Harrison is well known to the staff and members of the DNC, a result of his work heading the South Carolina state party and a failed bid to become chairman of the committee in 2017. (Tom Perez, the departing DNC chair, won that race.) Harrison was championed by Rep. James Clyburn of South Carolina, an influential Biden ally who helped the president-elect win the primary race in Clyburn’s home state. Perez opted against running for a second term.
Incoming presidents traditionally take control of the party committees, installing their own chair and staff members. Former President Barack Obama chose to try to establish his own political operation outside the committee, a decision that many DNC members say damaged state parties and led to years of dysfunction at the national level.
Far more of a party institutionalist, Biden has promised to rebuild state parties and deepen investments in the committee.
Harrison was favored by state party leaders, who saw him as an ally in their effort to keep the committee focused on rebuilding local party infrastructure. After Biden’s election, dozens of state party chairs and vice chairs sent a letter to his transition team that did not name Harrison but listed a number of qualities that matched his experience and skills.
Lindsey Graham defeats Jaime Harrison to hold His seat in the Senate
“We’re convinced that he not only believes in the organizing principle of state parties but that he will be a very loud voice with the Biden administration,” said Jane Kleeb, the chair of the Nebraska Democratic Party.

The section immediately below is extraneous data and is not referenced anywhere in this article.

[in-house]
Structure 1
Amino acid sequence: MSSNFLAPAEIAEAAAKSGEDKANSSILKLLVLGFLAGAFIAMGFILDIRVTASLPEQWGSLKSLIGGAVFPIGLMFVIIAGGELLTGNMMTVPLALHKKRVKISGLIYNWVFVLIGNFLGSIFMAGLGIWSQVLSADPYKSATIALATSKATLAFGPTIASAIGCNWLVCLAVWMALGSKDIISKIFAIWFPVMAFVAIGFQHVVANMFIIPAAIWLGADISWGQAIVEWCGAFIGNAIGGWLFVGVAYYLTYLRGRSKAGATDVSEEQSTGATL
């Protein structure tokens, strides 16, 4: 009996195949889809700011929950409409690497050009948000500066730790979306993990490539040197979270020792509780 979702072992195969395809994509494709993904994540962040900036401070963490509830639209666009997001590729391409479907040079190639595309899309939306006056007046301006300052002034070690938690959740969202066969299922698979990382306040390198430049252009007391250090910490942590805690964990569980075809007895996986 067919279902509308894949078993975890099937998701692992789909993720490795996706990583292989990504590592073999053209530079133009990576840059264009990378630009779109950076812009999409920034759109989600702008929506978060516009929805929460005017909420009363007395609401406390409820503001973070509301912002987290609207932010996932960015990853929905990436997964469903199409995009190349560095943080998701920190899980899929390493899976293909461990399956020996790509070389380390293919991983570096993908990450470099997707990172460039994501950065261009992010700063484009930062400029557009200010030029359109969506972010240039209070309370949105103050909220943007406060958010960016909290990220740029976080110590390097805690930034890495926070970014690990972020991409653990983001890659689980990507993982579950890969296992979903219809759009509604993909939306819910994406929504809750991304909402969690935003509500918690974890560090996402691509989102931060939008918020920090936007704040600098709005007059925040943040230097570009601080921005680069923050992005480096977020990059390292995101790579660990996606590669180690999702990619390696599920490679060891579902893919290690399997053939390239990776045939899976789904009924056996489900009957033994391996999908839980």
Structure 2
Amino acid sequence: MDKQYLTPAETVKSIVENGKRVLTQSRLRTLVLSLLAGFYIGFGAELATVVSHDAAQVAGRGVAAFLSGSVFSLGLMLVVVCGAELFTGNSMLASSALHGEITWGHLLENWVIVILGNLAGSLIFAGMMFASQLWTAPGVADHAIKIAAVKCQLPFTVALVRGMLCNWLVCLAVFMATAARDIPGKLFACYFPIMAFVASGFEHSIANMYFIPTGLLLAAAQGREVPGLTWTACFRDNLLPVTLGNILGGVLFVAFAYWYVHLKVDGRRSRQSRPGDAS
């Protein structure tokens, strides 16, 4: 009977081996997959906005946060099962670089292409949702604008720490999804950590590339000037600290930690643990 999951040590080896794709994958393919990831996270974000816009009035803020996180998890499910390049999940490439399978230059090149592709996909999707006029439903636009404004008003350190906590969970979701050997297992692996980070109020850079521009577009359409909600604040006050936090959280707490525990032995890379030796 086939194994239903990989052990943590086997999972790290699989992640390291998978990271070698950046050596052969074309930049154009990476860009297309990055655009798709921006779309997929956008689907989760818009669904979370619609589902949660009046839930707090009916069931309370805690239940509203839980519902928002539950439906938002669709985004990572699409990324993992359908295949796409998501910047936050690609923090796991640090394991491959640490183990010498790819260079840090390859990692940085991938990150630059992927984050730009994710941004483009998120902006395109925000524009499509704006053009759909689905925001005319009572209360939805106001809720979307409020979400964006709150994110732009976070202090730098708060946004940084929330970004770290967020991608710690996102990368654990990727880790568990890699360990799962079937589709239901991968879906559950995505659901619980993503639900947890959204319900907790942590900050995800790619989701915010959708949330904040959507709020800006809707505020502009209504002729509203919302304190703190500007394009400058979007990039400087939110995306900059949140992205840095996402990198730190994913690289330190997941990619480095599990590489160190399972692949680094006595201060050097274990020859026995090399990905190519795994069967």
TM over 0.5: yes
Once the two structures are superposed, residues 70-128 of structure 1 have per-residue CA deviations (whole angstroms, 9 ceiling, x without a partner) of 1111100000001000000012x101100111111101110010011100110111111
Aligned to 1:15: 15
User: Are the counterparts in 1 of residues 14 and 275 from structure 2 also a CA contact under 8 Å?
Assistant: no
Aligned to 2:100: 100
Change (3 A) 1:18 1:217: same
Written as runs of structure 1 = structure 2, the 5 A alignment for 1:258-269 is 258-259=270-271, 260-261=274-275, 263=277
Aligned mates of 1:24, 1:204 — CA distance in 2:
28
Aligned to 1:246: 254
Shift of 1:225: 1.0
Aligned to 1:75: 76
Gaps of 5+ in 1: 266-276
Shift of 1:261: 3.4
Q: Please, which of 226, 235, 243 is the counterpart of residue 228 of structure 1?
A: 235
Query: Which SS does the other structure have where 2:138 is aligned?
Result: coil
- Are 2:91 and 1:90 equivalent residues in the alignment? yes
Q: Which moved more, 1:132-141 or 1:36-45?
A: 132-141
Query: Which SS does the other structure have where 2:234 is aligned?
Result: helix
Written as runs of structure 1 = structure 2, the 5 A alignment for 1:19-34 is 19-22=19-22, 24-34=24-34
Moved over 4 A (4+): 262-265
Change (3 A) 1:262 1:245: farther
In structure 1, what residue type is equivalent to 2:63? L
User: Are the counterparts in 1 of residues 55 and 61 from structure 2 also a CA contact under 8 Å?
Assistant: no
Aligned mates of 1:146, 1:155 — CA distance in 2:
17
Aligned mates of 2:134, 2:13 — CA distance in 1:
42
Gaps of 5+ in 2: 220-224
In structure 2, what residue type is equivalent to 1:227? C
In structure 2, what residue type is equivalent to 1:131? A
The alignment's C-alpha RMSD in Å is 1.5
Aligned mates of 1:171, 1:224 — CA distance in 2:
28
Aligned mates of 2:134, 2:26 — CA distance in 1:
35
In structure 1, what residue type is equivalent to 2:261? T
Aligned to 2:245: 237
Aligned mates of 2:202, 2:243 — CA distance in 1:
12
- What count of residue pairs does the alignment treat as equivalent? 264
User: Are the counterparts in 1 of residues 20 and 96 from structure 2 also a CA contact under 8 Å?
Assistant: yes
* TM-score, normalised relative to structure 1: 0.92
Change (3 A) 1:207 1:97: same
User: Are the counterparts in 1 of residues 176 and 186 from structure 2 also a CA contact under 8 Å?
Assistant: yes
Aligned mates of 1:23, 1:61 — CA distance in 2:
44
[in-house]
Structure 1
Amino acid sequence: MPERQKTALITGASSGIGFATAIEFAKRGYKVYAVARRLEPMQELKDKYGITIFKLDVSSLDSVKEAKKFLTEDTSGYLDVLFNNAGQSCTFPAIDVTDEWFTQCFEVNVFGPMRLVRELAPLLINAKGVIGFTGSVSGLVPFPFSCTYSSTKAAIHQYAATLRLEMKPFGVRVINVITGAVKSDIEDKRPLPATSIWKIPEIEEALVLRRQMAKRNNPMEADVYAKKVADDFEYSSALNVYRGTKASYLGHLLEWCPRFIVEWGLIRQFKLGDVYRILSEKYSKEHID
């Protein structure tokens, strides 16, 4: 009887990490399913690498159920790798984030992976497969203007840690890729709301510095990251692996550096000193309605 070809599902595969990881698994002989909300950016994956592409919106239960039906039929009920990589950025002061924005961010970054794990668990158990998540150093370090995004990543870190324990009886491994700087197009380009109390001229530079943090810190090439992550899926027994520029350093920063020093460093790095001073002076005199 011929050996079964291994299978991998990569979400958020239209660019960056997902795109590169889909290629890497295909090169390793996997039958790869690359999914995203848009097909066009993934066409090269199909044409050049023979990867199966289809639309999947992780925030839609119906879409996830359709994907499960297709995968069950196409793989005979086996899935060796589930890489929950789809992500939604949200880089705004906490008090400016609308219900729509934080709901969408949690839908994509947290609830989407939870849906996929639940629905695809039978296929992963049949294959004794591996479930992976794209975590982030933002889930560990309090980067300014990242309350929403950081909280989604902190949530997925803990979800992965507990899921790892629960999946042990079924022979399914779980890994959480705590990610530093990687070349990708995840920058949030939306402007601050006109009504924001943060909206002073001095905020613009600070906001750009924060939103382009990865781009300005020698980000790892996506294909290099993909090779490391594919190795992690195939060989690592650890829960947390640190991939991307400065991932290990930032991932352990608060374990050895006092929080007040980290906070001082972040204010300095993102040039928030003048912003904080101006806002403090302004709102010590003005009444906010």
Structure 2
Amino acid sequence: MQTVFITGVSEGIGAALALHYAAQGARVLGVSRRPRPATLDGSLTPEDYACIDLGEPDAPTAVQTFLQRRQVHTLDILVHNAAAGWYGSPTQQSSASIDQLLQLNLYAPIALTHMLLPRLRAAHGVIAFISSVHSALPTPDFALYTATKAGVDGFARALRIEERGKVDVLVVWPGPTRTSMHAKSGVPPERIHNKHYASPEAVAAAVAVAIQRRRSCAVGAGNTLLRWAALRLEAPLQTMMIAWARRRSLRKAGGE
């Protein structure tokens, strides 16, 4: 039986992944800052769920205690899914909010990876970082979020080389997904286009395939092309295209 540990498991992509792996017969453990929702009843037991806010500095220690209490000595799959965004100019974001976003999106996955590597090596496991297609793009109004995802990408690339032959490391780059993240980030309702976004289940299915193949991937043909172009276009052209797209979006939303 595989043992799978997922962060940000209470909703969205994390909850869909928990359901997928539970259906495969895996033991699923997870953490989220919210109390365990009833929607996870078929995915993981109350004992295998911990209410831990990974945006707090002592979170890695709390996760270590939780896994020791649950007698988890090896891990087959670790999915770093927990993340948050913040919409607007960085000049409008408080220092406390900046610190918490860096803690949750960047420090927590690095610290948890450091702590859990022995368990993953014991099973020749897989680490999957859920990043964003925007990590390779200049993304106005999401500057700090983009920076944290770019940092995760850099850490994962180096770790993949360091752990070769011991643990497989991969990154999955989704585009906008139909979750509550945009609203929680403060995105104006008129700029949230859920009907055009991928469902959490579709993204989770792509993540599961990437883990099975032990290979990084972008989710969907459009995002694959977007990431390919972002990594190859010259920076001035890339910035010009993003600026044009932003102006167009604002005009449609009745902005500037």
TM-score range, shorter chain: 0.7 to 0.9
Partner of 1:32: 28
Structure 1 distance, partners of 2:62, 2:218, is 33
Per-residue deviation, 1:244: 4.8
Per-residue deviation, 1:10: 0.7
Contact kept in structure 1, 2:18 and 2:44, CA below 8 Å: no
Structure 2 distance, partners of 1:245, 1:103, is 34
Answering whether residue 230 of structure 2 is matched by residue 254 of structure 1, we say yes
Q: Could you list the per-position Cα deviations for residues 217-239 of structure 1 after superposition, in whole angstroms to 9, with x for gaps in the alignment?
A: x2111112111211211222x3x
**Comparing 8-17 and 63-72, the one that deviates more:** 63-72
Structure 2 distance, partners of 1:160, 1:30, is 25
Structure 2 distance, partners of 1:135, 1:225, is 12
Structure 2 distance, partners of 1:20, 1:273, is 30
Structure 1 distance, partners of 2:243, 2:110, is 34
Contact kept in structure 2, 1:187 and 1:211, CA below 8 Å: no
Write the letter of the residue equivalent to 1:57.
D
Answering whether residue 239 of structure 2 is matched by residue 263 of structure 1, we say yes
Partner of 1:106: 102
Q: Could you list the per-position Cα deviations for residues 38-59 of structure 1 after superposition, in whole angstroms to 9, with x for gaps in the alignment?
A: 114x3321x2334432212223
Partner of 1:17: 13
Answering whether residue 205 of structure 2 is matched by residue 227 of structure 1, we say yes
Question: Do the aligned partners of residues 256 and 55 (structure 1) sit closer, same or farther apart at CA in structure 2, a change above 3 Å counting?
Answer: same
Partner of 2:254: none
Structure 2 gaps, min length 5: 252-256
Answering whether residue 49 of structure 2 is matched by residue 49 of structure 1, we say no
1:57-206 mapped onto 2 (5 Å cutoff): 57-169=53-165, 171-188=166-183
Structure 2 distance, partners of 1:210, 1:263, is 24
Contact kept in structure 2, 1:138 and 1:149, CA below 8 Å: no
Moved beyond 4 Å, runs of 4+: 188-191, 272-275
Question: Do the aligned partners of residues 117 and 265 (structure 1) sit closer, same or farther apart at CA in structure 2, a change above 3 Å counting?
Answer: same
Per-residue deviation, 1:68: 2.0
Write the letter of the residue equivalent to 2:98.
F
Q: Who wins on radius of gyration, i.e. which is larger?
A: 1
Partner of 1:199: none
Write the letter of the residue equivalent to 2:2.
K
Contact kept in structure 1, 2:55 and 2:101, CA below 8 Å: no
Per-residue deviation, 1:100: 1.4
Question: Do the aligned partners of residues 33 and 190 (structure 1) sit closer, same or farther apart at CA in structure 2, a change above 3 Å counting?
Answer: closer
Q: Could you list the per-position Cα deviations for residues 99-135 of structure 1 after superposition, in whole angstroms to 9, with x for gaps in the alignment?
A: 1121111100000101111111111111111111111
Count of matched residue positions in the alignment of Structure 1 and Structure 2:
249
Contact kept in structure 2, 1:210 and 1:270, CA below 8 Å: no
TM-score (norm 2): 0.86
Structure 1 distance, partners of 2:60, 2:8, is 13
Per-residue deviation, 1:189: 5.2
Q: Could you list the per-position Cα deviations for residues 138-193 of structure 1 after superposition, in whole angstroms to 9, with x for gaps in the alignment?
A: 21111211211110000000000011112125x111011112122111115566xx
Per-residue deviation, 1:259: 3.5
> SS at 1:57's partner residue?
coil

The focus on the national party committee comes as Democrats try to navigate a deeply uncertain electoral landscape. Even before the attack on the U.S. Capitol scrambled American politics, Democrats anticipated difficult House and Senate midterm races in 2022 and the lingering possibility that Biden — who will become the oldest president in the country’s history on Wednesday — may decide not to run for a second term.
But even before the midterms, the party committee will have to bridge the divides between Democrats who want Biden and his messaging to focus on unifying the country and a liberal wing eager to pursue prosecutions and other measures to hold President Donald Trump and his allies accountable.
The role of Harrison’s home state in the early primary process could complicate discussions around changing the nominating process. South Carolina is the fourth state to hold a primary contest, a role that brings an influx of candidates, spending, news coverage — and an outsize say in the nomination fight.
The party faces broad concerns about the fairness of complicated caucus processes, as used in Iowa and Nevada, along with questions about how two relatively older, whiter states — Iowa and New Hampshire — cast the first two sets of votes. Already, some Nevada party leaders are pushing to end to all caucuses and to dethrone Iowa for the first round of voting.